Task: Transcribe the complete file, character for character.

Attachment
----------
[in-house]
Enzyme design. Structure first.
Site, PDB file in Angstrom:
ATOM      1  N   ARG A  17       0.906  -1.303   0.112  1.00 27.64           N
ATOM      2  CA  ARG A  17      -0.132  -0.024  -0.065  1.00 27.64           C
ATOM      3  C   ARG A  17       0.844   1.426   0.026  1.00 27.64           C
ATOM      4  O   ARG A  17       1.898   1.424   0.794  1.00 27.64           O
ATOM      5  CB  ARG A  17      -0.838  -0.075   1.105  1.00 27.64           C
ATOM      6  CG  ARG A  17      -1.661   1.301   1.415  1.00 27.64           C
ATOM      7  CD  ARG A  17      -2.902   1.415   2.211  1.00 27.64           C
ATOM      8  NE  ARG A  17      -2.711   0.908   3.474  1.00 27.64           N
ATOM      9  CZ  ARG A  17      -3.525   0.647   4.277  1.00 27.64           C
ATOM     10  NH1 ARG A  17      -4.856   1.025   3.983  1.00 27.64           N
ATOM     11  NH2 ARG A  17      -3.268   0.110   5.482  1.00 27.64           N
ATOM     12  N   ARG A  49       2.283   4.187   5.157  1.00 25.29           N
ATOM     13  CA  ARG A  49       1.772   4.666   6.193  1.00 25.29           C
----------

[in-house]
Enzyme design. Structure first.
Site, PDB file in Angstrom:
ATOM      1  N   ARG A  17       0.906  -1.303   0.112  1.00 27.64           N
ATOM      2  CA  ARG A  17      -0.132  -0.024  -0.065  1.00 27.64           C
ATOM      3  C   ARG A  17       0.844   1.426   0.026  1.00 27.64           C
ATOM      4  O   ARG A  17       1.898   1.424   0.794  1.00 27.64           O
ATOM      5  CB  ARG A  17      -0.838  -0.075   1.105  1.00 27.64           C
ATOM      6  CG  ARG A  17      -1.661   1.301   1.415  1.00 27.64           C
ATOM      7  CD  ARG A  17      -2.902   1.415   2.211  1.00 27.64           C
ATOM      8  NE  ARG A  17      -2.711   0.908   3.474  1.00 27.64           N
ATOM      9  CZ  ARG A  17      -3.525   0.647   4.277  1.00 27.64           C
ATOM     10  NH1 ARG A  17      -4.856   1.025   3.983  1.00 27.64           N
ATOM     11  NH2 ARG A  17      -3.268   0.110   5.482  1.00 27.64           N
ATOM     12  N   ARG A  49       2.283   4.187   5.157  1.00 25.29           N
ATOM     13  CA  ARG A  49       1.772   4.666   6.193  1.00 25.29           C